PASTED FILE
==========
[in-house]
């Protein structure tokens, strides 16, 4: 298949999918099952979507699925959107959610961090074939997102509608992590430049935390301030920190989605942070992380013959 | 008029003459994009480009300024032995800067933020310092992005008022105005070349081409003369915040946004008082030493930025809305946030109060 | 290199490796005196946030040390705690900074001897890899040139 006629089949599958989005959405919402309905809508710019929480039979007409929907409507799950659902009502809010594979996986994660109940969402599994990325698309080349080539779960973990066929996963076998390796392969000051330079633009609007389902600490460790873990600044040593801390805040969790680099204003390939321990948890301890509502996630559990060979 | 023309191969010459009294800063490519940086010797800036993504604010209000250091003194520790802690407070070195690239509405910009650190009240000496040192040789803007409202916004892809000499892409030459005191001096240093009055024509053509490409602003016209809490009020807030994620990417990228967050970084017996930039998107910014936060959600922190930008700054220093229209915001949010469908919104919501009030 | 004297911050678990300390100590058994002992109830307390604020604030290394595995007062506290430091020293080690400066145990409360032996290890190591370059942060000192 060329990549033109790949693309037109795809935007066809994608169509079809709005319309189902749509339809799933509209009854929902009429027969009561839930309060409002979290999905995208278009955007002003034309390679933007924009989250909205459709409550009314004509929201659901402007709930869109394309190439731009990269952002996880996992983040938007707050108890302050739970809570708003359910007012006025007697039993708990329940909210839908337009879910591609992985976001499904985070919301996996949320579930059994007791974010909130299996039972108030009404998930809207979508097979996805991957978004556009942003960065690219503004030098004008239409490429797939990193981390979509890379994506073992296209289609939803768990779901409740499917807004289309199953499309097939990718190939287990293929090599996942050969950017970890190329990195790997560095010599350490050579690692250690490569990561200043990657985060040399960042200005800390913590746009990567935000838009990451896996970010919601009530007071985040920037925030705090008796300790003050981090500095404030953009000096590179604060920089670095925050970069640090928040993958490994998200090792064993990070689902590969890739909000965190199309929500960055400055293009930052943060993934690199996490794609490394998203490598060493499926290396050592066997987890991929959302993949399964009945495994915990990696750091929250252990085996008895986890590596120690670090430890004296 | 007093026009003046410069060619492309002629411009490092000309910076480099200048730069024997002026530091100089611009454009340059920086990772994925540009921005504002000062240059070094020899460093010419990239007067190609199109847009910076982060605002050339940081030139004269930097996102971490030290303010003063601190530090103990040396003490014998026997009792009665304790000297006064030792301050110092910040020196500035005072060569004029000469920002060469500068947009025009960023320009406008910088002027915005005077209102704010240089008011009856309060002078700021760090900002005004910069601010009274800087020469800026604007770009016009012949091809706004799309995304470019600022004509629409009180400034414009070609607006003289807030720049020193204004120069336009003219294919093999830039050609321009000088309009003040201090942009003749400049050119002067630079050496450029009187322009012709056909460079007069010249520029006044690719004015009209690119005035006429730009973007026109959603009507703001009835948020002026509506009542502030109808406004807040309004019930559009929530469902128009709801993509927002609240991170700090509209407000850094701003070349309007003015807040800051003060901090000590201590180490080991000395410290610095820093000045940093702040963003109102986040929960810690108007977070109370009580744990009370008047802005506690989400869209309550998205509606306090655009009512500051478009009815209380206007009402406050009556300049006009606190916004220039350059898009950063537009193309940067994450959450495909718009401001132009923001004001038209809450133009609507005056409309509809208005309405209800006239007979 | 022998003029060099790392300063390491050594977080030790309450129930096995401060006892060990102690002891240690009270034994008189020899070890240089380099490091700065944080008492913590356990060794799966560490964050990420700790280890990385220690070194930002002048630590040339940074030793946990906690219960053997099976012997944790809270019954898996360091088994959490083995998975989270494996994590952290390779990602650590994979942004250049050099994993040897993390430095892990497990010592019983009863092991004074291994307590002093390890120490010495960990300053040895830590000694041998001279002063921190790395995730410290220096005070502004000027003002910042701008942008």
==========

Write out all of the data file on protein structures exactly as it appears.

[in-house]
């Protein structure tokens, strides 16, 4: 298949999918099952979507699925959107959610961090074939997102509608992590430049935390301030920190989605942070992380013959 | 008029003459994009480009300024032995800067933020310092992005008022105005070349081409003369915040946004008082030493930025809305946030109060 | 290199490796005196946030040390705690900074001897890899040139 006629089949599958989005959405919402309905809508710019929480039979007409929907409507799950659902009502809010594979996986994660109940969402599994990325698309080349080539779960973990066929996963076998390796392969000051330079633009609007389902600490460790873990600044040593801390805040969790680099204003390939321990948890301890509502996630559990060979 | 023309191969010459009294800063490519940086010797800036993504604010209000250091003194520790802690407070070195690239509405910009650190009240000496040192040789803007409202916004892809000499892409030459005191001096240093009055024509053509490409602003016209809490009020807030994620990417990228967050970084017996930039998107910014936060959600922190930008700054220093229209915001949010469908919104919501009030 | 004297911050678990300390100590058994002992109830307390604020604030290394595995007062506290430091020293080690400066145990409360032996290890190591370059942060000192 060329990549033109790949693309037109795809935007066809994608169509079809709005319309189902749509339809799933509209009854929902009429027969009561839930309060409002979290999905995208278009955007002003034309390679933007924009989250909205459709409550009314004509929201659901402007709930869109394309190439731009990269952002996880996992983040938007707050108890302050739970809570708003359910007012006025007697039993708990329940909210839908337009879910591609992985976001499904985070919301996996949320579930059994007791974010909130299996039972108030009404998930809207979508097979996805991957978004556009942003960065690219503004030098004008239409490429797939990193981390979509890379994506073992296209289609939803768990779901409740499917807004289309199953499309097939990718190939287990293929090599996942050969950017970890190329990195790997560095010599350490050579690692250690490569990561200043990657985060040399960042200005800390913590746009990567935000838009990451896996970010919601009530007071985040920037925030705090008796300790003050981090500095404030953009000096590179604060920089670095925050970069640090928040993958490994998200090792064993990070689902590969890739909000965190199309929500960055400055293009930052943060993934690199996490794609490394998203490598060493499926290396050592066997987890991929959302993949399964009945495994915990990696750091929250252990085996008895986890590596120690670090430890004296 | 007093026009003046410069060619492309002629411009490092000309910076480099200048730069024997002026530091100089611009454009340059920086990772994925540009921005504002000062240059070094020899460093010419990239007067190609199109847009910076982060605002050339940081030139004269930097996102971490030290303010003063601190530090103990040396003490014998026997009792009665304790000297006064030792301050110092910040020196500035005072060569004029000469920002060469500068947009025009960023320009406008910088002027915005005077209102704010240089008011009856309060002078700021760090900002005004910069601010009274800087020469800026604007770009016009012949091809706004799309995304470019600022004509629409009180400034414009070609607006003289807030720049020193204004120069336009003219294919093999830039050609321009000088309009003040201090942009003749400049050119002067630079050496450029009187322009012709056909460079007069010249520029006044690719004015009209690119005035006429730009973007026109959603009507703001009835948020002026509506009542502030109808406004807040309004019930559009929530469902128009709801993509927002609240991170700090509209407000850094701003070349309007003015807040800051003060901090000590201590180490080991000395410290610095820093000045940093702040963003109102986040929960810690108007977070109370009580744990009370008047802005506690989400869209309550998205509606306090655009009512500051478009009815209380206007009402406050009556300049006009606190916004220039350059898009950063537009193309940067994450959450495909718009401001132009923001004001038209809450133009609507005056409309509809208005309405209800006239007979 | 022998003029060099790392300063390491050594977080030790309450129930096995401060006892060990102690002891240690009270034994008189020899070890240089380099490091700065944080008492913590356990060794799966560490964050990420700790280890990385220690070194930002002048630590040339940074030793946990906690219960053997099976012997944790809270019954898996360091088994959490083995998975989270494996994590952290390779990602650590994979942004250049050099994993040897993390430095892990497990010592019983009863092991004074291994307590002093390890120490010495960990300053040895830590000694041998001279002063921190790395995730410290220096005070502004000027003002910042701008942008």